And while I'm on the subject of this type of book, also very funny is Smackheads Don't Get Fat. If you need one of those books for the bathroom 'library', the more liberally-minded waiting room, or for that extra Christmas pressie, then this is the answer. Written by a friend, but genuinely made me laugh out loud.
The cover for the Wor Al book (a fans' tribute to Alan Shearer) was illustrated by the fantastic British comics artist Tony O' Donnell, my connection being that I coloured the work and did the lettering. The photo on the left shows model Monica Harris holding the book and wearing a signed Newcastle Utd. shirt (one of the many prizes on the evening). More here.
The photo on the right shows Terry Molloy (better known as Davros from Dr. Who, and playing Professor Dunning in The Scarifyers), promoting The Scarifyers at Bad Wolf in July. I highly recommend this excellent audio drama!
It's all a long way from the vision in the illustration I did for The Observer Sport Monthly a couple of weeks ago (subtle link!), which showed a fantasy final between Brazil and England, with Owen scoring the winning goal in Berlin. I wanted to publish the drawing here, but hoped to do so under better circumstances!
I was sent a brief which asked for a 'Roy of the Rovers' comic strip-style picture, as described above, and also a mock-up picture of the kind of thing they wanted - with Theo Walcott in the background, and Roberto Carlos failing to defend against Owen's winning strike. I thought the scissor-kick was quite unOwen-like, yet I had to show his face clearly and the goal was to be in front of him, so sketched out a few ideas.
I picked out the sketches that I liked best and amalgamated them on the computer to produce a layout guide at the correct size. My quick and free-flowing sketches are nearly always more lively than the finished product!
Next I worked up the pencil stage and sent it to the editor, who approved it.
The editor liked the inked and coloured version overall, but wanted me to work more on Owen's face (likenesses are not my strong point, but I can do it if I slow down a bit) and to make it look more 'Roy of the Rovers', so there were a couple of versions at this stage (including thickening up some lines and brightening the colours). A good editor can always get better work out of you. You'll also see I have drawn it further out round the edges. This was in case more lettering or other elements were to be added, so I had room to make the drawing bigger or smaller within the frame if need be.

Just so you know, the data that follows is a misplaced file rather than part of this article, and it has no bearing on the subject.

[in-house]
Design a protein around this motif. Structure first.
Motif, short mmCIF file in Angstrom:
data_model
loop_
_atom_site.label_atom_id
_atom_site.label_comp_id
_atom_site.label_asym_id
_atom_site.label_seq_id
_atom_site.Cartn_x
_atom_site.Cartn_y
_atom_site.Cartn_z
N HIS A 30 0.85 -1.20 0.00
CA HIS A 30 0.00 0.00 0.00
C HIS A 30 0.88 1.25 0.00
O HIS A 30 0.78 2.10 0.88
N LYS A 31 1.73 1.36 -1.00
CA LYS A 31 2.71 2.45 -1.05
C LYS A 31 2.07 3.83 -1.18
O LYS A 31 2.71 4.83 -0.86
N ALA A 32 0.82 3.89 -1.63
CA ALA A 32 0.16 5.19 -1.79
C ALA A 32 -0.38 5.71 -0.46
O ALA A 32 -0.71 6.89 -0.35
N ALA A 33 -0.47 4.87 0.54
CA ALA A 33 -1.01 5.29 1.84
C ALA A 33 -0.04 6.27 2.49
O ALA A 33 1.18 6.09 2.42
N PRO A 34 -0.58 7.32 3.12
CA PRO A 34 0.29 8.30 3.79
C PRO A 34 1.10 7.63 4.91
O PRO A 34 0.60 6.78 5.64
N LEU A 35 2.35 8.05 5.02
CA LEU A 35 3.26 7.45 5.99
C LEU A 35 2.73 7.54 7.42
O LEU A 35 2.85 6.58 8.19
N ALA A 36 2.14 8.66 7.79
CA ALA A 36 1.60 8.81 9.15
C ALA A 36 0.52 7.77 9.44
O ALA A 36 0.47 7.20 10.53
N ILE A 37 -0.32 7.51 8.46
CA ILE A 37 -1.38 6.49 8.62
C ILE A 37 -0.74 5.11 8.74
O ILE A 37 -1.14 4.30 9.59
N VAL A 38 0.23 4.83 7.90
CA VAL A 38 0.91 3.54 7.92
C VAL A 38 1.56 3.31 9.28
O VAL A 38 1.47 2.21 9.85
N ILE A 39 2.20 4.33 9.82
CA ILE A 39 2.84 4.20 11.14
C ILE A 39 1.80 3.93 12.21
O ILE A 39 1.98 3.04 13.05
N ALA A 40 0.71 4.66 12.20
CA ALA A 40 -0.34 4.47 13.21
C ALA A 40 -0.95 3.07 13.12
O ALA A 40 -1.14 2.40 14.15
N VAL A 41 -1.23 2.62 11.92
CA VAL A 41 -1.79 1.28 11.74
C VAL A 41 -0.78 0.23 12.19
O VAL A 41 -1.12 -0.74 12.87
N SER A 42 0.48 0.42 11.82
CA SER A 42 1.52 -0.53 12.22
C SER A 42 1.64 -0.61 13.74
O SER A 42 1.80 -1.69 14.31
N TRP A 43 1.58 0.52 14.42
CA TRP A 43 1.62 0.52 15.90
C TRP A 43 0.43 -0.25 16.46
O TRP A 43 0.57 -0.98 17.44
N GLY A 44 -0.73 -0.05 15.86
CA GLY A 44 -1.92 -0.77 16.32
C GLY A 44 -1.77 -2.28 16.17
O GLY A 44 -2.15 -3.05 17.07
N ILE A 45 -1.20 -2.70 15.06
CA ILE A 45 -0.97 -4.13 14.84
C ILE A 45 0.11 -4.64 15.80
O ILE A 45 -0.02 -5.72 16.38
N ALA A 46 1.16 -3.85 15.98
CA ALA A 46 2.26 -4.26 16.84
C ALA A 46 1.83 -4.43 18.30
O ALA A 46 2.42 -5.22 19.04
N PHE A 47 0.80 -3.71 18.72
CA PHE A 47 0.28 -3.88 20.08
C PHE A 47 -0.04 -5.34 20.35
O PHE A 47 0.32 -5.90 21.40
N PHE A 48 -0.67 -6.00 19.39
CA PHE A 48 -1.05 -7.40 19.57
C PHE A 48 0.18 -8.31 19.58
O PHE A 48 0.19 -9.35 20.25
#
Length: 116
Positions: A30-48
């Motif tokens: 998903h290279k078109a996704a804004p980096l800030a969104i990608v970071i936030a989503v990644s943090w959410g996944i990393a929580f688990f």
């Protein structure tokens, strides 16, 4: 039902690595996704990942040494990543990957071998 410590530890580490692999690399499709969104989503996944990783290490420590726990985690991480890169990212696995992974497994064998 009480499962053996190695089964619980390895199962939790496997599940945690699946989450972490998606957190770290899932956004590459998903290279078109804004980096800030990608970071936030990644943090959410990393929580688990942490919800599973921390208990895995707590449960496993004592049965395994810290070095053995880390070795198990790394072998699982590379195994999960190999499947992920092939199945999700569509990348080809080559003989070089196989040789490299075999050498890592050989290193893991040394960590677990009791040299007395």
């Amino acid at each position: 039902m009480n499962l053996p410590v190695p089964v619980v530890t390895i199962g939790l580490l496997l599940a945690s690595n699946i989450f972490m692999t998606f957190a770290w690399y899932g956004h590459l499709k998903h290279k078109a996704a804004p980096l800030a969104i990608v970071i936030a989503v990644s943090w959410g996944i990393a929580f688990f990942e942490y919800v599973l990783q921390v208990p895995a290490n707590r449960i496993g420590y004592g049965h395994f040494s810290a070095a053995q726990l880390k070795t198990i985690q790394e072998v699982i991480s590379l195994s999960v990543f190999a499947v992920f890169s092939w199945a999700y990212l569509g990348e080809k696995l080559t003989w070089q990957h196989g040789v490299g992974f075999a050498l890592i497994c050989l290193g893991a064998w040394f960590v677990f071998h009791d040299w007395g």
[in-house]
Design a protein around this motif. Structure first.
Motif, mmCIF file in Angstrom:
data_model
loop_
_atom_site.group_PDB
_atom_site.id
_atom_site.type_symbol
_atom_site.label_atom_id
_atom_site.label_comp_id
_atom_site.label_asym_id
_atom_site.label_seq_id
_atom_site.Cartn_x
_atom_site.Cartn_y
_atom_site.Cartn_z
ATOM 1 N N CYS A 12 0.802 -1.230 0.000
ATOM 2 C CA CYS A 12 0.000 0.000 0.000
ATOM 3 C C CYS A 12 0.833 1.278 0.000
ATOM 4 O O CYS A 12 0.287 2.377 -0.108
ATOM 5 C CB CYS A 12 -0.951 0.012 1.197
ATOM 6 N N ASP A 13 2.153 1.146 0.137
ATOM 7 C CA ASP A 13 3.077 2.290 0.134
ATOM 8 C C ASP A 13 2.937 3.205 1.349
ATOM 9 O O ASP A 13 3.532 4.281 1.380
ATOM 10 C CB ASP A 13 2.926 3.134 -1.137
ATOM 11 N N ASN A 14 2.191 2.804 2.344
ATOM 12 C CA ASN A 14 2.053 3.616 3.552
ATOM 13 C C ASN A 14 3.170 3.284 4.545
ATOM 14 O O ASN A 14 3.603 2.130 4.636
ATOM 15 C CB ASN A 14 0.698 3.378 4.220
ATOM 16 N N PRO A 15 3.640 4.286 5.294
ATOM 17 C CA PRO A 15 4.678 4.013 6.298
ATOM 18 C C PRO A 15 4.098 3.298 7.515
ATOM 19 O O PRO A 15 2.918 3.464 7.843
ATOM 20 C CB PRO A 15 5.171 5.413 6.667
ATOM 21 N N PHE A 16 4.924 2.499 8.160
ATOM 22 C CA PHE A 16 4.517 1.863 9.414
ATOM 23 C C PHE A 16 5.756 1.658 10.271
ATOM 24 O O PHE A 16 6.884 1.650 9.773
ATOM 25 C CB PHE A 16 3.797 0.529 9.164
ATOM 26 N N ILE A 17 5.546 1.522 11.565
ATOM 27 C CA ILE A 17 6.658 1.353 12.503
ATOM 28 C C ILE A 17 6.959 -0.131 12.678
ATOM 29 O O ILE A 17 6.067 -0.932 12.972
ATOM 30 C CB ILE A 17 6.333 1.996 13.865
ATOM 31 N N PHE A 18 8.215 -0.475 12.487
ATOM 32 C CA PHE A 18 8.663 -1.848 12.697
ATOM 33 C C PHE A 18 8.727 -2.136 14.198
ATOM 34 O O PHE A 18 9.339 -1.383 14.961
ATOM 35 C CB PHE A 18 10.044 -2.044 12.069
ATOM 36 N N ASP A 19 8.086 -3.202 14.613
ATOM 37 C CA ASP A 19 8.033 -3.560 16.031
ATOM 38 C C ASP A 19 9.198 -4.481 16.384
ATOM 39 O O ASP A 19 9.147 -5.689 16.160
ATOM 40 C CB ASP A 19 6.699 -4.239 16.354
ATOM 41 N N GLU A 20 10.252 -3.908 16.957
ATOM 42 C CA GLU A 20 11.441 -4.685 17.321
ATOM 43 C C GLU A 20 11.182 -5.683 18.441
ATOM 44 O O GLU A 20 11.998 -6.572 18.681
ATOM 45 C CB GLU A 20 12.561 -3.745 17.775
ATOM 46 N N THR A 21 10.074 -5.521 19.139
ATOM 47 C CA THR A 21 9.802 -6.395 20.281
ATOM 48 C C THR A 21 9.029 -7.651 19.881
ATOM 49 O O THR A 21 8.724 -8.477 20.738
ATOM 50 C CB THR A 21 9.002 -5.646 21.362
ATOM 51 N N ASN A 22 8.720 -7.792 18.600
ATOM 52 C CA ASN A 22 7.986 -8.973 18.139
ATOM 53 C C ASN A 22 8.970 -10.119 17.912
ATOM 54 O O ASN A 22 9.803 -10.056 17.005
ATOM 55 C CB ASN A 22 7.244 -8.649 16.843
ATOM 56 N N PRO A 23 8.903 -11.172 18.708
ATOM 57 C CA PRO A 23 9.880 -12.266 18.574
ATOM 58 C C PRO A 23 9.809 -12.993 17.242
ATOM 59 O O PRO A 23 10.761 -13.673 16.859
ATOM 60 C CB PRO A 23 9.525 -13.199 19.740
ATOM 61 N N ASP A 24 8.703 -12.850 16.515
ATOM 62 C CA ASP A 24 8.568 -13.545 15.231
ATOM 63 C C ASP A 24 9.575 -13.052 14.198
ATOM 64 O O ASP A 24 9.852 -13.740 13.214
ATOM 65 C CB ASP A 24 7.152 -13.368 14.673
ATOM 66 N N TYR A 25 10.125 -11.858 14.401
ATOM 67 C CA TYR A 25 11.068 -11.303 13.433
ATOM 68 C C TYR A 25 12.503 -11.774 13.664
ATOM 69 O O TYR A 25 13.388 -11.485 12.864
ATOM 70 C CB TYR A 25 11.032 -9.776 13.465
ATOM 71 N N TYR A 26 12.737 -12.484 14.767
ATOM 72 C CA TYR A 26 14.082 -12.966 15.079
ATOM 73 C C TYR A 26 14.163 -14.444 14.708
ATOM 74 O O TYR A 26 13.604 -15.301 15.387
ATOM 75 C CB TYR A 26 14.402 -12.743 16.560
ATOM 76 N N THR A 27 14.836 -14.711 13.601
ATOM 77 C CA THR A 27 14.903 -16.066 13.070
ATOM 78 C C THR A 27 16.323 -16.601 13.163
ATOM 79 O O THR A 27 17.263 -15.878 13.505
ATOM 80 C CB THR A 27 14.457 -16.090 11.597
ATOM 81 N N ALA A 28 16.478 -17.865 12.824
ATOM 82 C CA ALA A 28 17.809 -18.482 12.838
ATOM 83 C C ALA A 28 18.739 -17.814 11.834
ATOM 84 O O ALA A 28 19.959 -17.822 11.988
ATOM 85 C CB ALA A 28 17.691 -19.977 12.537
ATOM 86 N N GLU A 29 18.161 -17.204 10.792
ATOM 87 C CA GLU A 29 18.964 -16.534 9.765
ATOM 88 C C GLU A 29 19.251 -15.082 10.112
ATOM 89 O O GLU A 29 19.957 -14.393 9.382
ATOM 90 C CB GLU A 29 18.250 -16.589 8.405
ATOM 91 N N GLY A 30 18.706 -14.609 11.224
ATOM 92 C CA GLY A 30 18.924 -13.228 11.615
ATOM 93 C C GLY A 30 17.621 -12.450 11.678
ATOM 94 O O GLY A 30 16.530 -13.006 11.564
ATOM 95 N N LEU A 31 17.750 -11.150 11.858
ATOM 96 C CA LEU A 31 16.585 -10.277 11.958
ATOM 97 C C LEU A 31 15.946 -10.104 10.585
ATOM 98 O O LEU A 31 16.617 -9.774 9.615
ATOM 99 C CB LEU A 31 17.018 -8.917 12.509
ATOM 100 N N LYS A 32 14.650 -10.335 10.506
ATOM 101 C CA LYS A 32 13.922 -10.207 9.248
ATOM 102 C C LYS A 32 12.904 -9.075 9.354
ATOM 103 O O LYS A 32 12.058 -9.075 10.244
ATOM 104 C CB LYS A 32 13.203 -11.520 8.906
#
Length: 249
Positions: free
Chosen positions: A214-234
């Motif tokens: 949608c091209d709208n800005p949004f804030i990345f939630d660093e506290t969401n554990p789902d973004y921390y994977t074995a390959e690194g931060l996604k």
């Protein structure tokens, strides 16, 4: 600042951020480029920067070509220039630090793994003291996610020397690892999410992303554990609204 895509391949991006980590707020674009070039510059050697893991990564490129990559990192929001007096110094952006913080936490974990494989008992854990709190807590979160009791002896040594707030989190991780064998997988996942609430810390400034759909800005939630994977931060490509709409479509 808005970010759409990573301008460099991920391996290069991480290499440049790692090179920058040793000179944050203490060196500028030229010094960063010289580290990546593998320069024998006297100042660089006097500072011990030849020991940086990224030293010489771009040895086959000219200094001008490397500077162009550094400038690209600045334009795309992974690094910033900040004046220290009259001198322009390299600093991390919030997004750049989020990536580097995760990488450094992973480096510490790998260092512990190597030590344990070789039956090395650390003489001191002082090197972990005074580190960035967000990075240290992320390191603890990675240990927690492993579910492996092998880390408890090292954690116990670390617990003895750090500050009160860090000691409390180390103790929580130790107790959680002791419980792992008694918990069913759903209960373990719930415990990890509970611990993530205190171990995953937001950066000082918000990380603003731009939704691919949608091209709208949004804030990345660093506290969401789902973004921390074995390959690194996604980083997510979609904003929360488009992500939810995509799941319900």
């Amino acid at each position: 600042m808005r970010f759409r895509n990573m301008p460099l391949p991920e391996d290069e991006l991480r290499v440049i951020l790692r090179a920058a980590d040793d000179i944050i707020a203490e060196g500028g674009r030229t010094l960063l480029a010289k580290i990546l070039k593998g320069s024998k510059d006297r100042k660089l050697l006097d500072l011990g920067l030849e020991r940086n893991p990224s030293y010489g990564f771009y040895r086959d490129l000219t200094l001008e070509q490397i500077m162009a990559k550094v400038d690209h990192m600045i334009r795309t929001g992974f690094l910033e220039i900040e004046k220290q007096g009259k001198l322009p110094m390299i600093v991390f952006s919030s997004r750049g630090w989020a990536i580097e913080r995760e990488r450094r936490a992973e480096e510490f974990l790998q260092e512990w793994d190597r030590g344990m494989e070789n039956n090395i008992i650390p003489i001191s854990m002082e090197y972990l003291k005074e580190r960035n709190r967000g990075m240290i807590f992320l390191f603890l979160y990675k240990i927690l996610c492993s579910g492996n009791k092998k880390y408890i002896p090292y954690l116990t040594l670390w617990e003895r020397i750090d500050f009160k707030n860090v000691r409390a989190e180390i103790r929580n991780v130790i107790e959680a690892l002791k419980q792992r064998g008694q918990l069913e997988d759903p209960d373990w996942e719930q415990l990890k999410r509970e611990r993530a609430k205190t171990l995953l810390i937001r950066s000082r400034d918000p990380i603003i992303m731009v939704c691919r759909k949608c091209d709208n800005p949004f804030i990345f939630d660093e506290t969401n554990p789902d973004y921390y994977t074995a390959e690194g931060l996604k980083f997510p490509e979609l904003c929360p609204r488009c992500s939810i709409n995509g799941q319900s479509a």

It was thought that a classic 'Roy of the Rovers' look was not coming across. My view is that it wouldn't because I still had to draw the players in modern kit, whereas part of the old football comics look is the 1970's hair-do's and short shorts! I had the idea of utilising Photoshop to make it look like an ageing comic, scanning in some grubby comic page edges, halftoning it and fading the colours (especially the yellow). This did the trick.
This drawing was to be the cover, but towards the end of the deadline they got an exclusive Ronaldhino photo (the main feature being an interview with him), so my drawing was moved to the inside. I had an hour to re-lay it out, so felt it was rather rushed, but overall, I was happy with the job, despite the fact that the newsprint effect was lost somewhat by now actually being printed on newsprint rather than the glossy cover paper.
Note: I haven't included the inset drawing I also had to do of the present England team hoisting the World Cup trophy, based on the famous 1966 Wembley photo.
For a bit of World Cup fun - if you remember the 1998 tournament - see Len Twaddle's True World Cup Diary.
And onto slightly older work... on more than one ocassion I've had some of my theatre poster artwork splashed on a banner and strung across the London Road in East Grinstead. Ellie took this photo at the weekend of Stage-Struck's 'Spend Spend Spend' banner outside the Chequer Mead Theatre, which features the logo and silhouette figures I designed. You can see the actual poster here.
The title to this entry is from a fabulous song by the Blue Oyster Cult, by the way.